Traders Ease Back on Short Yuan Bets to Gauge U.S.-China Dispute
(Bloomberg) -- Traders aren’t adding bearish options on the yuan as quickly as before, amid expectations China may take more steps to arrest the currency’s decline.
The notional value of new options betting the yuan will weaken past 7 per dollar dropped to the lowest in two months last week, according to data from Depository Trust & Clearing Corp. Bets are still coming at a faster pace than the few months before June though, when the currency started to slide as the trade dispute with the U.S. brewed. That’s left the value of outstanding contracts at $130 billion, around the highest in seven months.
The People’s Bank of China has tried to slow depreciation in the yuan, the weakest currency in Asia over the past three months with a more than 6 percent slide against the dollar. Steps taken include making it more expensive to short the currency and setting the daily yuan reference rate stronger than expected for all bar three days since the start of August. A recent spike in the yuan’s offshore funding costs, which rekindled memories of a dramatic government-engineered short squeeze in 2016, also helped stabilize sentiment.
“The PBOC will continue to use smoothing operations to sway market sentiment,” said Stephen Innes, head of trading for Asia Pacific at Oanda Corp. in Singapore. He’s shorting the currency but looking to cut positions if it slides past 6.9 per greenback. “Long dollar-yuan should offer a good hedge against an escalation of the trade war -- the most poignant retaliation would be for the PBOC to guide the yuan weaker.”
New yuan put options, which provide the right to sell the currency, with a strike price of 7 or weaker totaled $3.3 billion in the first week of September, according to Bloomberg calculations based on DTCC data. That’s about a quarter of August’s peak. The slower increase came after a sharp buildup since June, with the notional value of such outstanding contracts jumping nearly 70 percent within three months.
The Chinese currency weakened over that period amid concern the trade war would dent China’s economy and encourage the PBOC to ease monetary policy further to support growth. A selloff of assets in emerging markets such as Argentina and Turkey is also pressuring the yuan.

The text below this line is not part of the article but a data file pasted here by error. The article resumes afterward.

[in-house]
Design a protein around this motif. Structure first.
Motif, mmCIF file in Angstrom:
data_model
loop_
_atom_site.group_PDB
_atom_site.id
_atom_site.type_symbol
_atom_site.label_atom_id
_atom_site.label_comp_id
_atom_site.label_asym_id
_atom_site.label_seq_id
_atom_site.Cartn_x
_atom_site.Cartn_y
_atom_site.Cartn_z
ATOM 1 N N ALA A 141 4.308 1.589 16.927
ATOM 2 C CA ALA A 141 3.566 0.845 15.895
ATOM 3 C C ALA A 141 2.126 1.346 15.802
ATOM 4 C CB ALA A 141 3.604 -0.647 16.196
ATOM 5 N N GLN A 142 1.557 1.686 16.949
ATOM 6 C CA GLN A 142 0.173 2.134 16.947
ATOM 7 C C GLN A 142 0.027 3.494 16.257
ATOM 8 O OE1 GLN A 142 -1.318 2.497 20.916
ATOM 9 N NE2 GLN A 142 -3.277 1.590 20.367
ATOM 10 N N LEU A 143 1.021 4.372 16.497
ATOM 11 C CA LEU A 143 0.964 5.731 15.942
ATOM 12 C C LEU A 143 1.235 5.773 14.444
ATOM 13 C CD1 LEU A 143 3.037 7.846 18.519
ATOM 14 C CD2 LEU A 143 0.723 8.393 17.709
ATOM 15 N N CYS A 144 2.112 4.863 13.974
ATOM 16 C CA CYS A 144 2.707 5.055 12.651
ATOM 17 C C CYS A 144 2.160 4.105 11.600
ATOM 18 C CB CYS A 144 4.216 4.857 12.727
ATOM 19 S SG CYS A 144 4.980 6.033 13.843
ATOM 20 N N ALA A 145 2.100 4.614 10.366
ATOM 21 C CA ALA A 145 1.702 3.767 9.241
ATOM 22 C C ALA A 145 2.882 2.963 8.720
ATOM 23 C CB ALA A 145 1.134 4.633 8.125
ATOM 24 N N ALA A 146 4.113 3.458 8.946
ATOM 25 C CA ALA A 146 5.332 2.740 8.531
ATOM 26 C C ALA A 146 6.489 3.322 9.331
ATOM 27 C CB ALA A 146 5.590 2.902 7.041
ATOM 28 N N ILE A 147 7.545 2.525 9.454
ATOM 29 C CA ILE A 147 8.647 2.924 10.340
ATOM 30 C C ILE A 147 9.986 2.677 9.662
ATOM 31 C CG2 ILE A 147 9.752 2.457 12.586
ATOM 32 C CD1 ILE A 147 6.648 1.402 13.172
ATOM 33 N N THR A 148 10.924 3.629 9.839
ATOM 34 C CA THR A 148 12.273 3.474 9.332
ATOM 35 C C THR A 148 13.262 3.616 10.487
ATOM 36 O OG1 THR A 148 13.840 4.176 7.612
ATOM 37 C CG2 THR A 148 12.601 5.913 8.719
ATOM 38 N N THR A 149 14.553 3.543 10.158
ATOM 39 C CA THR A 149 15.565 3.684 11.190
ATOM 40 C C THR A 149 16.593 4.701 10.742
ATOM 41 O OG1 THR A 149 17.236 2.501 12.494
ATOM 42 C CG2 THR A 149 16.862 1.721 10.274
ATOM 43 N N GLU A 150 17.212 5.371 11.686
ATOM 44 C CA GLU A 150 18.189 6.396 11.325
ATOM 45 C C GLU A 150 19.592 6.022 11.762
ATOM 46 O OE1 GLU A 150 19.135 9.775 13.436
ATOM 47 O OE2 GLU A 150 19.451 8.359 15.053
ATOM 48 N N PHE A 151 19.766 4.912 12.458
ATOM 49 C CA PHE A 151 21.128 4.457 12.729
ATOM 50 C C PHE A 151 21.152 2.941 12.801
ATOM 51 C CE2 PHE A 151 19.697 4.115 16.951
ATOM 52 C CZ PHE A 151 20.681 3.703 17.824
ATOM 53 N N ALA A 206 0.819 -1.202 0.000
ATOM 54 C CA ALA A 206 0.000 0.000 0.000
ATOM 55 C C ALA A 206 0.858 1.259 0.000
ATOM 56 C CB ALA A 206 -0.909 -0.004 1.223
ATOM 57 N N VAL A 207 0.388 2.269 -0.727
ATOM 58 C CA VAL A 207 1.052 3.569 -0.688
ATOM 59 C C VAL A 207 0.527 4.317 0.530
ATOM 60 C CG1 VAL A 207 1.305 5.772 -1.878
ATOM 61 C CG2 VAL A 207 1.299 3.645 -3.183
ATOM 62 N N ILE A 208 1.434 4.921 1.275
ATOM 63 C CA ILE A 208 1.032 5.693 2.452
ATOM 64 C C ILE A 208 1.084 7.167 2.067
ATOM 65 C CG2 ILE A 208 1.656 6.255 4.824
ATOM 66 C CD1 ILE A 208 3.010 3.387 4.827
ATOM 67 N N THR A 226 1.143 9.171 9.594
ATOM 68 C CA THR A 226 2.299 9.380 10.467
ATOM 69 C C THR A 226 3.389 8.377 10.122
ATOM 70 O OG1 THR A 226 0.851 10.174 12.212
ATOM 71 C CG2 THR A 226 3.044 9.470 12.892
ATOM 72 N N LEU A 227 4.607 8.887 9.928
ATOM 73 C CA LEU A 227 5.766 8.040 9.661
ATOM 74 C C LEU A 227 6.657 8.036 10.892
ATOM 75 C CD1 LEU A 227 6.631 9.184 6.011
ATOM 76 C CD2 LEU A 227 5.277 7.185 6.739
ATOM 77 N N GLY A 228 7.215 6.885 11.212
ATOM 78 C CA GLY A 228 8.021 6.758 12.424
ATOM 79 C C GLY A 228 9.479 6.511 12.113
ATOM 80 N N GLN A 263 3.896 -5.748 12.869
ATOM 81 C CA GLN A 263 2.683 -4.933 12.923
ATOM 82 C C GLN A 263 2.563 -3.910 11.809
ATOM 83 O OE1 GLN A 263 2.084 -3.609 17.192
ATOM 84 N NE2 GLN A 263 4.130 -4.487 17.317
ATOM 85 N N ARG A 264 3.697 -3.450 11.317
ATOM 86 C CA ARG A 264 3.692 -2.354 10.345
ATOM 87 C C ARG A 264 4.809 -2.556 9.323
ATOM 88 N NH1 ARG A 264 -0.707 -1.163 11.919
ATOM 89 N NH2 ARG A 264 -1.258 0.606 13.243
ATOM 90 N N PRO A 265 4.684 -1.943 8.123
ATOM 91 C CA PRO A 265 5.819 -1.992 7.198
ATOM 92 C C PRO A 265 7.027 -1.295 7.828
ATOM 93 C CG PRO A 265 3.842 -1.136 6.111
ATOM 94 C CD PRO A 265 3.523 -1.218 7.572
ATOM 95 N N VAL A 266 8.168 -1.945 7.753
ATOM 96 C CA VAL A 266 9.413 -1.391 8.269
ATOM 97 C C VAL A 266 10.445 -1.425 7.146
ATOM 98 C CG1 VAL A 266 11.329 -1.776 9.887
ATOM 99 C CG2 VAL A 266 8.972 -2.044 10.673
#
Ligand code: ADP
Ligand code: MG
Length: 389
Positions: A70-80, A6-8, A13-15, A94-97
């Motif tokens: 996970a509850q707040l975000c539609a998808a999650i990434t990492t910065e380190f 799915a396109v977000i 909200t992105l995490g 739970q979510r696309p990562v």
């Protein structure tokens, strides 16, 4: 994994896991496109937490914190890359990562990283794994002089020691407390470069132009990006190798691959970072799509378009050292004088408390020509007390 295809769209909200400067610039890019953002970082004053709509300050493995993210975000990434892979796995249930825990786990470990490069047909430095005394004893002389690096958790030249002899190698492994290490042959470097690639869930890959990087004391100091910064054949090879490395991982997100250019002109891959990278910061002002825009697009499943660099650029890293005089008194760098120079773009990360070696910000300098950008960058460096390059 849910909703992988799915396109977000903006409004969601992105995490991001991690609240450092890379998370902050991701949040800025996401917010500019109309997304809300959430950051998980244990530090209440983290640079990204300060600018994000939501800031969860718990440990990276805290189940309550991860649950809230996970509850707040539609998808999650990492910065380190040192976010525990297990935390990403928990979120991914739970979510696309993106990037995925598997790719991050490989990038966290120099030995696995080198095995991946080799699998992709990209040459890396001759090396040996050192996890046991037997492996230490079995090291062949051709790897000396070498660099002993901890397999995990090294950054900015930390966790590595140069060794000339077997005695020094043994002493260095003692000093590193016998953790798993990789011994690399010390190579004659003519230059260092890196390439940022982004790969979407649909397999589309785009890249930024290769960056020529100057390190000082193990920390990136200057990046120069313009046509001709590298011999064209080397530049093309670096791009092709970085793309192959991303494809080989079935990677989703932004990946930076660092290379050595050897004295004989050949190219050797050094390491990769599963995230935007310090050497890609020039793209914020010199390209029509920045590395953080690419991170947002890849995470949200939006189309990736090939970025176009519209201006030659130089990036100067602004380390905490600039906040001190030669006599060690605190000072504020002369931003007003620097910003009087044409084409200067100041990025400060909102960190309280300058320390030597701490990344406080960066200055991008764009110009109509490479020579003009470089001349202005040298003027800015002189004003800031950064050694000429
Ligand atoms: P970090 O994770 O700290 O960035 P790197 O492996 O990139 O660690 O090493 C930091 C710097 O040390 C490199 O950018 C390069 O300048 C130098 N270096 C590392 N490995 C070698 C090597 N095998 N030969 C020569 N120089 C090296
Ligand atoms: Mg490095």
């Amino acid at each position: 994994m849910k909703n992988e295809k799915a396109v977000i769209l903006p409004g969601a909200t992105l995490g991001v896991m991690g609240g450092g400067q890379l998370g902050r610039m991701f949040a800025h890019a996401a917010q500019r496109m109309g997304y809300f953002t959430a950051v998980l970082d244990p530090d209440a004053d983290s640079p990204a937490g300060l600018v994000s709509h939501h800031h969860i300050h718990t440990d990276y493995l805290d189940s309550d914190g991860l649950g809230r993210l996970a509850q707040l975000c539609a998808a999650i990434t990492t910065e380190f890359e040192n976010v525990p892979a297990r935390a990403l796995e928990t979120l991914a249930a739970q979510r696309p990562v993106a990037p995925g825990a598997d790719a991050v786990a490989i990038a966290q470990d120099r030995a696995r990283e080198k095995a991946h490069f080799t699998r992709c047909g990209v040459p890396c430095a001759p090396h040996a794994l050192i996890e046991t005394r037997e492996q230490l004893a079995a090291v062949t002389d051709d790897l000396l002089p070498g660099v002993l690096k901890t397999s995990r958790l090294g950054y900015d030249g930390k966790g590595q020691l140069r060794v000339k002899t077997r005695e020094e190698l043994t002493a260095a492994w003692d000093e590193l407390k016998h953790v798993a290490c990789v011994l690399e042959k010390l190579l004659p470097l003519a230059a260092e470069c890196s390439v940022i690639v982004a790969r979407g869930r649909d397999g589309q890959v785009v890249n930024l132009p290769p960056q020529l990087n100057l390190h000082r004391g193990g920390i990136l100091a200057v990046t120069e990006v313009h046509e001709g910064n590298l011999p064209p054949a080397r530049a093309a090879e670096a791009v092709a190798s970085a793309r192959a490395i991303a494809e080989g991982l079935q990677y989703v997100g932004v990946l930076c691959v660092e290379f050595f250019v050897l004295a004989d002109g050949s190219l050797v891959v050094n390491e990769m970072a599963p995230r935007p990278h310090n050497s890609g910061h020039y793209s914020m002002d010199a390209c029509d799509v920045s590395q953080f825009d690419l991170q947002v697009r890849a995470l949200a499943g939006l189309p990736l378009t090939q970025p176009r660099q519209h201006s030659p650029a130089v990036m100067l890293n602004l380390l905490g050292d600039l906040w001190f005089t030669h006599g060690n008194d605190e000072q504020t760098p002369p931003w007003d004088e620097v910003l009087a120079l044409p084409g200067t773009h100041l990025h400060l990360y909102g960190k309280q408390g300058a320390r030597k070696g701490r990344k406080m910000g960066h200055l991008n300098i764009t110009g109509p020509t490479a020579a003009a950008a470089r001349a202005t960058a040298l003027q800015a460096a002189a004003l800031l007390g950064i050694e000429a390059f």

The PBOC’s measures to support the currency haven’t been as intense as those taken in late 2015 and 2016, when the offshore yuan’s interbank borrowing costs and deposit rates surged to record highs. The lack of meddling is “inviting speculative actions,” according to Mingze Wu, a Singapore-based foreign-exchange trader with INTL FCStone Global Payments.
The offshore yuan’s three-month risk reversal rose in all but three sessions in the past 13 days, reflecting weaker confidence about the currency in the options market, Bloomberg data showed. The offshore rate was little changed at 6.8457 per dollar as of 4:53 p.m. in Hong Kong on Friday.
China still has plenty of tools if it’s determined to slow the yuan’s descent, and that makes betting against the currency riskier. As such, offshore investors are favoring conservative option structures that have limited downside with more “realistic” strike prices, which is very different from a few years ago, Charles Feng, head of macro trading for Greater China at Standard Chartered Plc, said in an interview last month.
“Short-term funding costs in the overseas market will remain high, and the PBOC may set its fixings at stronger levels to defend the exchange rate,” said Gao Qi, a currency strategist at Scotiabank in Singapore. “The central bank will seek to slow the yuan’s drops rather than reverse expectations. I don’t think the currency will break 7 this year.”
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